How digital literacy can impact prisoner rehabilitation
A big challenge for prison education is making sure learners aren't left behind during their time in prison. Government research shows that it is most often the most vulnerable groups, including prisoners and former prisoners who face digital exclusion.
With digital technology constantly changing, being isolated from these changes can cause huge obstacles for our learners upon release. This is why at Novus we teach digital literacy through education to allow our learners to stay in the loop when it comes to digital channels and technology.
In order for our learners to integrate back into society, it is vital that they are given the opportunity to gain and expand their skills in digital literacy. More and more jobs are looking for employees who have at least a basic understanding of digital literacy. Our learners need to be equipped with the necessary knowledge and skills to be able to reintergrate back into society and find employment.
Digital skills and rehabilitation: Life after prison
Building foundations in essential digital skills and functionality allows former learners to participate in society and gain confidence to pursue further education and/or employment. Which is an important step to prisoner rehabilitation.
With the increase in hybrid working, it is essential that the modern worker has some knowledge of digital literacy. A 2019 UK Government report indicates that at least 82% of job vacancies consider digital literacy an essential requirement for candidates.
If learners aren't taught the basic foundations of digital literacy, then they will struggle to find employment which could put them at greater risk of reoffending.
Teaching digital literacy in prisons
Due to limited access to equipment and resources, as well as challenges like prison infrastructure and security concerns, implementing digital literacy in prison education isn't straightforward.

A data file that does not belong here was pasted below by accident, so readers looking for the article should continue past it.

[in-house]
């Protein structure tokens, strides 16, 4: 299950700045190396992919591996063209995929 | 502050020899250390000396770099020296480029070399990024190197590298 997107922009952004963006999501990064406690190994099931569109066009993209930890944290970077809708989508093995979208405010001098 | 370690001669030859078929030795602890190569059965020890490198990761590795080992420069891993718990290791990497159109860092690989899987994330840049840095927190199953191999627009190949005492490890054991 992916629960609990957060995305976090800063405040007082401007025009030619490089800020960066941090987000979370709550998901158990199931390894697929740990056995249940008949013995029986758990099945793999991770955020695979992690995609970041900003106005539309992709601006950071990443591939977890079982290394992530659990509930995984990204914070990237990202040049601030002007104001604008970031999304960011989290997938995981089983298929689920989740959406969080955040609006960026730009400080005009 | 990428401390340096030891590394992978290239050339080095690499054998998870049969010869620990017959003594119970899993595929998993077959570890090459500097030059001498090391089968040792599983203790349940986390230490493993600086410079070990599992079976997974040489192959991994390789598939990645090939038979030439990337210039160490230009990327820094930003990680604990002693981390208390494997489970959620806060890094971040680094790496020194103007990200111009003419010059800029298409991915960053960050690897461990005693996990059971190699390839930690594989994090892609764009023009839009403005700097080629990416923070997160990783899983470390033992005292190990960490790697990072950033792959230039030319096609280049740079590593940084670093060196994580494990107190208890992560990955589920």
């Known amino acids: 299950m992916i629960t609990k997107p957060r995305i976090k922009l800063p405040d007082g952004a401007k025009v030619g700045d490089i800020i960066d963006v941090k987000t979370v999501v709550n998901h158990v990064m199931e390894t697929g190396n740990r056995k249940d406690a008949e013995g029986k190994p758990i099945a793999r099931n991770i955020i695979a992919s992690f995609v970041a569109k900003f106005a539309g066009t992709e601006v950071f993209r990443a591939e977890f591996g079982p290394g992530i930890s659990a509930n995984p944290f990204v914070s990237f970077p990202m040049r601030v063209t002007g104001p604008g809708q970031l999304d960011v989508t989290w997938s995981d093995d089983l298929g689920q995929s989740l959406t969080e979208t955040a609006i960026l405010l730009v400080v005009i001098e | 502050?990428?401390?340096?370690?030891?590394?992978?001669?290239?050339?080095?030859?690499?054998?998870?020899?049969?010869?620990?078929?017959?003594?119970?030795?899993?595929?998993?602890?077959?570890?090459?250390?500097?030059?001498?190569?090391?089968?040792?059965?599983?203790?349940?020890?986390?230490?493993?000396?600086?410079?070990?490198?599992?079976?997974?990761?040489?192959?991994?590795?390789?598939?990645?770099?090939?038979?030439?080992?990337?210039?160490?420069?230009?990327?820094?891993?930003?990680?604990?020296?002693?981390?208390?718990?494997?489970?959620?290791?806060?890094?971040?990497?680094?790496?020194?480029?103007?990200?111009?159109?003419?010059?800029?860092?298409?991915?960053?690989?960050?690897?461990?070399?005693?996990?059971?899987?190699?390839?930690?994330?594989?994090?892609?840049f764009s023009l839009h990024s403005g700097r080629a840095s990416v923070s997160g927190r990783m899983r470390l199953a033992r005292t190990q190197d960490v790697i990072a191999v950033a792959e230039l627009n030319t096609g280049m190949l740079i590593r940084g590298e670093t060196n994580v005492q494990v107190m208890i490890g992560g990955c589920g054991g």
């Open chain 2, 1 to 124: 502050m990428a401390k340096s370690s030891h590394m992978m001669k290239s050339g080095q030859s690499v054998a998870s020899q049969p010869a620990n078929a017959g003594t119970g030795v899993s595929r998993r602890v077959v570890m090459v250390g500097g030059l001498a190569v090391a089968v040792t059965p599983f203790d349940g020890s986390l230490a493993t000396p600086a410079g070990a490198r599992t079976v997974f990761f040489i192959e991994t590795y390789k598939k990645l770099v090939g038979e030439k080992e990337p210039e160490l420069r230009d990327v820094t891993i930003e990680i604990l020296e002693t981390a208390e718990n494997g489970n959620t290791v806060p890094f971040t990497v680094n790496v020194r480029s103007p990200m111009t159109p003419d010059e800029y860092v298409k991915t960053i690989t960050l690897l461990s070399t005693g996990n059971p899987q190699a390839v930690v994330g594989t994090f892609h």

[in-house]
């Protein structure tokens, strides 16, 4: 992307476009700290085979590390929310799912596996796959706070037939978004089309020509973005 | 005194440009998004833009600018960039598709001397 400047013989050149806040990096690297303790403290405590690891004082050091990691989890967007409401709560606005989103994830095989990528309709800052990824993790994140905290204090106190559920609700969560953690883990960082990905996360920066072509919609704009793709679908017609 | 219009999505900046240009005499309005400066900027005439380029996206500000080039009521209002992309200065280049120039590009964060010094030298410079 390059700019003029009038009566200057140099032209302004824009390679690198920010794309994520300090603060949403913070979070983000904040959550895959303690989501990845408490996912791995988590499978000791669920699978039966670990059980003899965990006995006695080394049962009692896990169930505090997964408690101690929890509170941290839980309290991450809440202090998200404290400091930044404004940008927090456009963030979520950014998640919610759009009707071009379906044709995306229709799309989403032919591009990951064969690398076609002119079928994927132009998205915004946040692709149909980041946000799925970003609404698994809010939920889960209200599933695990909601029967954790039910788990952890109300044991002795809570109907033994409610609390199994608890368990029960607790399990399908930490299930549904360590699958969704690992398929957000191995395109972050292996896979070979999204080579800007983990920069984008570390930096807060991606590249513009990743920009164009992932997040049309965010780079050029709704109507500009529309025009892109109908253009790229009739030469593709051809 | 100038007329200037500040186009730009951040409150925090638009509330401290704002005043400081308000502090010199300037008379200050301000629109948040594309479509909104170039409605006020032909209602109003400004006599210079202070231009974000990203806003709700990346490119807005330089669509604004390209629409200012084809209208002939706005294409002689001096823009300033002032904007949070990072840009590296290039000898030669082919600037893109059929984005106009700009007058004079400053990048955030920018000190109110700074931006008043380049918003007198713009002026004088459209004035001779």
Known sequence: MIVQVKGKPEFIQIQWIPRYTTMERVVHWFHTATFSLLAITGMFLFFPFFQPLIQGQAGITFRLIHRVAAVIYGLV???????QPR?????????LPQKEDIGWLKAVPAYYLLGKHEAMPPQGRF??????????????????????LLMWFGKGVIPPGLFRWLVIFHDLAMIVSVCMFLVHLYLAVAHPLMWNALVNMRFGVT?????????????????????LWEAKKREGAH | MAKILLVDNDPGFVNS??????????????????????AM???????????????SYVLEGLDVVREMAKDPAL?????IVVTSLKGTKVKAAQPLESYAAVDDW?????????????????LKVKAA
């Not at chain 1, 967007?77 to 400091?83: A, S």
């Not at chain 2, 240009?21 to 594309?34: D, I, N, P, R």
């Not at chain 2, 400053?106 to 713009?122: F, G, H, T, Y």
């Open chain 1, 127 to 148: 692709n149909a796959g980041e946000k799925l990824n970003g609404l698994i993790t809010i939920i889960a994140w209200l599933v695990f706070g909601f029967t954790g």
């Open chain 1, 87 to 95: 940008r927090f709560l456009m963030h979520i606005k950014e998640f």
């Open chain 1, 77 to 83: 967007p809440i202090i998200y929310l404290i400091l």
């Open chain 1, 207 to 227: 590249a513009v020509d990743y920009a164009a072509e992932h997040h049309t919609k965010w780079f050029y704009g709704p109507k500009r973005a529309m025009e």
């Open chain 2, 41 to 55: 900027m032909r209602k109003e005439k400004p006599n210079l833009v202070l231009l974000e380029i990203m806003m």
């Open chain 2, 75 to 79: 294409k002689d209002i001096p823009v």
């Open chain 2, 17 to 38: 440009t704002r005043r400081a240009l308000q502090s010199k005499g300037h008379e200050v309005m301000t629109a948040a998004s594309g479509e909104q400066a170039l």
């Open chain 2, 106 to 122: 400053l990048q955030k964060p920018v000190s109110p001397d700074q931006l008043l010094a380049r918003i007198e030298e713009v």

However, Novus is working hard to provide our learners with the opportunities necessary to thrive outside a prison setting. This is why we are dedicated to incorporating digital literacy into our prison education programmes.
New digital tools for educators
Introducing new digital tools such as ChatGPT and other AI tools to our prison education has allowed tutors to speed up their planning process, leaving more time to engage learners. Tutors discuss digital literacy and the AI tools they use with learners to keep them up-to-date with technology and in particular the acceleration of AI.
One of our tutors from HMP Preston, conducted a class on the technology, the history of AI and its ethical implications. Our learners shared their unique insights on the subject and made some fantastic points regarding the way AI tools could impact their lives and careers on release from prison.
Support for educators and practitioners
Research conducted by our Digital Learning Team suggest that one of the main barriers to embedding essential digital skills into courses was the lack of confidence of educators and trainers.
Since then, we have provided our educators and trainers with the necessary training and digital tools needed so that they would feel confident in embedding digital techniques into their classroom delivery and have the skills to deliver the essential digital skills qualification.
Another barrier to embedding essential digital skills into courses was access to the internet which is needed to deliver the essential digital skills qualification. HMPPS brought in Open Borders which we now use to deliver the qualification in many prisons.
Supporting our colleagues as well as our learners is essential in providing quality education. Now, our teachers and educators feel confident in digital skills, in turn providing learners the opportunity to develop their understanding of these important skills.
Our digital learning team focused on using Action Research to support professional development amongst practitioners and encouraging the integration of these approaches into our teaching, learning and assessment of learners. The research focused on new approaches for embedding digital tools into prison education.
See how Novus helps learners on their way to rehabilitation through digital literacy and education.